From Quebec to South Bend, Armel Mukam always wanted to play for ND

Justin Frommer
South Bend Tribune

SOUTH BEND — Armel Mukam had always been drawn to the sparkle and prestige of the Notre Dame helmet. But not for the Fighting Irish sport he's committed for, at least at first.

Growing up in Quebec, Canada, Mukam wanted to be a college athlete with his sights naturally set on hockey, and Notre Dame caught his eye.

Everything changed, however, when he received his first college football offer from William & Mary, an FCS program in Virginia.

“That was a pretty big moment because all of my life I wanted to go to college for free and play sports," Mukam told The South Bend Tribune. "That day when he (his coach) called, it was like dang, I made it.”

Armel Mukam flipped his commitment from Stanford to Notre Dame

Mukam, a 247sports Composite three-star defensive end, continued down his football path and ended up committing to Stanford in June. Two months later, in August, he flipped his decision to Notre Dame, getting a chance to wear that gold helmet.

Mukam's recruitment wouldn't be as noteworthy if it wasn't for his crazy backstory. Mukam, 6-foot-4, 250-pounds, only started playing football a couple of years ago, when the French-first speaking kid moved from a 542,298-person province in Canada to a 12,000-acre campus at the private boarding school Woodberry Forest in Virginia, surrounded by little civilization, to get better exposure.

Jackson Matteo, Mukam's high school coach, described Mukam's first season at Woodberry Forest as a hockey player that showed up to play American football. Mukam was raw in technique, but had the physical tools and an innate ability to pick things up, like second nature.

Armel Mukam originally wanted to be a college hockey play

"Quite frankly it was a little scary because the first time I saw him go against an offensive lineman, he was so fast, strong and explosive, I had to double take because it was hard for me to believe he was a hockey player just starting football because of how he looked, moved, his instincts, it was a little scary," Matteo said. "This kid was going to be really special and it didn’t take very long."

By year's end, Mukam was named an All-Prep League player and this season was named a team captain with more votes than any of his peers.

Mukam's meteoric rise came as no surprise to him or Matteo.

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It wasn't too long ago that Mukam, who's favorite hockey team is the Montreal Canadiens, was faking injuries so he could skip football practices and games to go play hockey with his neighborhood friends. But during COVID, his mindset changed from an athlete on the ice to one on the gridiron.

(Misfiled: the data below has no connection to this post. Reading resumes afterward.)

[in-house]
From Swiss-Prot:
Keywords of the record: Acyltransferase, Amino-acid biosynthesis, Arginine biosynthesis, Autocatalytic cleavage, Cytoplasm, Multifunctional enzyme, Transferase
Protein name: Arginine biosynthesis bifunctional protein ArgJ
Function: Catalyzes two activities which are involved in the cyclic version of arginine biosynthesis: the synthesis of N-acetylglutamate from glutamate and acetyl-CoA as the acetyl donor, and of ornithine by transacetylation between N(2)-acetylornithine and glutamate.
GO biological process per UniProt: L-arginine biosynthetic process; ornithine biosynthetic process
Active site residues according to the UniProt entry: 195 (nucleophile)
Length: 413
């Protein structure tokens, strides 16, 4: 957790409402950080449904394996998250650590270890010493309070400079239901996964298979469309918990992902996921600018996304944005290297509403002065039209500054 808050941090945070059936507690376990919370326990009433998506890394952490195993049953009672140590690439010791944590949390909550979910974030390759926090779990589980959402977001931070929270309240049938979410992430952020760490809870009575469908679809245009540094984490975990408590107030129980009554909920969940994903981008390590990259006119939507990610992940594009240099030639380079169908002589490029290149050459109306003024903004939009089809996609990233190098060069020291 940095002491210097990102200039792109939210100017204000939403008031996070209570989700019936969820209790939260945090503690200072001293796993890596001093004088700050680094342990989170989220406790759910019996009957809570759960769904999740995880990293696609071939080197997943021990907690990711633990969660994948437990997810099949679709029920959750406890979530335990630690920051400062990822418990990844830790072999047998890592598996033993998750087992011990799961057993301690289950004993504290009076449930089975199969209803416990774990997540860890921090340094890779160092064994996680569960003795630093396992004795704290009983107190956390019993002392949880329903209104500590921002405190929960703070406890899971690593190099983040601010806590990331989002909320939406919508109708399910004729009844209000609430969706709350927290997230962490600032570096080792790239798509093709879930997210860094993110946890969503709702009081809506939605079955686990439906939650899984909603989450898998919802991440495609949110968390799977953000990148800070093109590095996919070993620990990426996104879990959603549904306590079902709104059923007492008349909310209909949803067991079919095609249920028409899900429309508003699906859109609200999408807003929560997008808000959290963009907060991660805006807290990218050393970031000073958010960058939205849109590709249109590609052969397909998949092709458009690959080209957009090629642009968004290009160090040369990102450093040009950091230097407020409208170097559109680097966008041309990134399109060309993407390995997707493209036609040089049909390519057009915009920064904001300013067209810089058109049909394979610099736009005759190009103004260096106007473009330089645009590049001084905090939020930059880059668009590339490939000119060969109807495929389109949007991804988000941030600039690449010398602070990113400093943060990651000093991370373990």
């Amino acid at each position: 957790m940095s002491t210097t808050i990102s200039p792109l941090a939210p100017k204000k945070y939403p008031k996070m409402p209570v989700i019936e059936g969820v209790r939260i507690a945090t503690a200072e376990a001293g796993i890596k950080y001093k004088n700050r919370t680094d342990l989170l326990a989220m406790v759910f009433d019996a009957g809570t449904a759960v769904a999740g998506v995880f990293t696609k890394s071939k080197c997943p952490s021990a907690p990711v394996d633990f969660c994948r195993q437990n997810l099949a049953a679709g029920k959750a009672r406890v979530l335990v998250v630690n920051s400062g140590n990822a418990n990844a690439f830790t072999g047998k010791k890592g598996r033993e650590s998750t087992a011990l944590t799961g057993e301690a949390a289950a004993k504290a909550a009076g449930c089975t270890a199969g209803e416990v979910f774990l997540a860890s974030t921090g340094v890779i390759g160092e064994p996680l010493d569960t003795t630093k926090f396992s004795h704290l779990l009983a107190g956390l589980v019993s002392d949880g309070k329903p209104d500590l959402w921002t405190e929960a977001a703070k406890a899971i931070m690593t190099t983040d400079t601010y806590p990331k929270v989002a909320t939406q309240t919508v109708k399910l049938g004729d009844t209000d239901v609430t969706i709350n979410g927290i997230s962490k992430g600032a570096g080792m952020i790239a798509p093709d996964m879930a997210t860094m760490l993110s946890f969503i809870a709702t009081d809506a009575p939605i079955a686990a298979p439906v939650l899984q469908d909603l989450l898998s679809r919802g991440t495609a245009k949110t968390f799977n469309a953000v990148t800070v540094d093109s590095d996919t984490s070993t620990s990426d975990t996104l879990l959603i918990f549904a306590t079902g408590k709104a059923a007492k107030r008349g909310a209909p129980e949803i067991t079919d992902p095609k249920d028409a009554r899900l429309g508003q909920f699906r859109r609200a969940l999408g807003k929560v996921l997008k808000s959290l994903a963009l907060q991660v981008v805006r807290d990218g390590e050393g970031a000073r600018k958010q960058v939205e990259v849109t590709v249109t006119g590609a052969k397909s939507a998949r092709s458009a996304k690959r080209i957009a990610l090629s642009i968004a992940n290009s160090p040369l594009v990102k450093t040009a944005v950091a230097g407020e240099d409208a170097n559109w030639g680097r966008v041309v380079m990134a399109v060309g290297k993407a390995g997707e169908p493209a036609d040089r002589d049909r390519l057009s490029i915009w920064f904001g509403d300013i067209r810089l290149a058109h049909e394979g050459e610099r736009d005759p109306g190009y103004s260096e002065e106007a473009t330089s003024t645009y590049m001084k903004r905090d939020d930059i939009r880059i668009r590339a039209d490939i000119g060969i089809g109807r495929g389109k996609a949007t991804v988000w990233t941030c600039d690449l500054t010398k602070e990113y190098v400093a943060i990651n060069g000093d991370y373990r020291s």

"I was watching film, waking up early in the morning, running, working on pass rushing and everything," Mukam said. "That’s when I was like I want to go to college and play football at the DIvision I level.” 

That work-ethic immediately transferred to the football field, according to Matteo, even if Mukam's skill wasn't completely there at first.

“The only thing I could say about Armel is he has a motor I have never seen from a high school kid," Matteo said. "It is truly a relentless will to get to the football and make plays.”

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Matteo's best comparison for Mukam was former NFL edge rusher Ezekial Ansah. When Matteo played college football for Bronco Mendenhall at Virginia, the former coach would emphasize his talk of effort and relentlessness by showing a clip of Ansah, who played for Mendenhall at BYU, using his "other wordly" motor to run past defensive backs and linebackers.

Ansah, from Ghana, came out of nowhere to become a first-round draft pick of the Detroit Lions. Matteo isn't putting those same expectations on Mukam, who also has African heritage with his mother moving to Canada from Chad and his dad from Cameroon, and like Ansah, quickly made his name known on the recruiting stage.

Part of Mukam's decision to flip his commitment from Stanford to Notre Dame was rooted in his past. It was closer to Quebec. It had snow. It felt more like home, and of course had hockey.

Though, Mukam won't be playing for the Irish on ice, he said he plans to still attend games here and there. Only now, those opportunities will have to come in between his Notre Dame football practices and commitments, as Mukam pursues his new dream.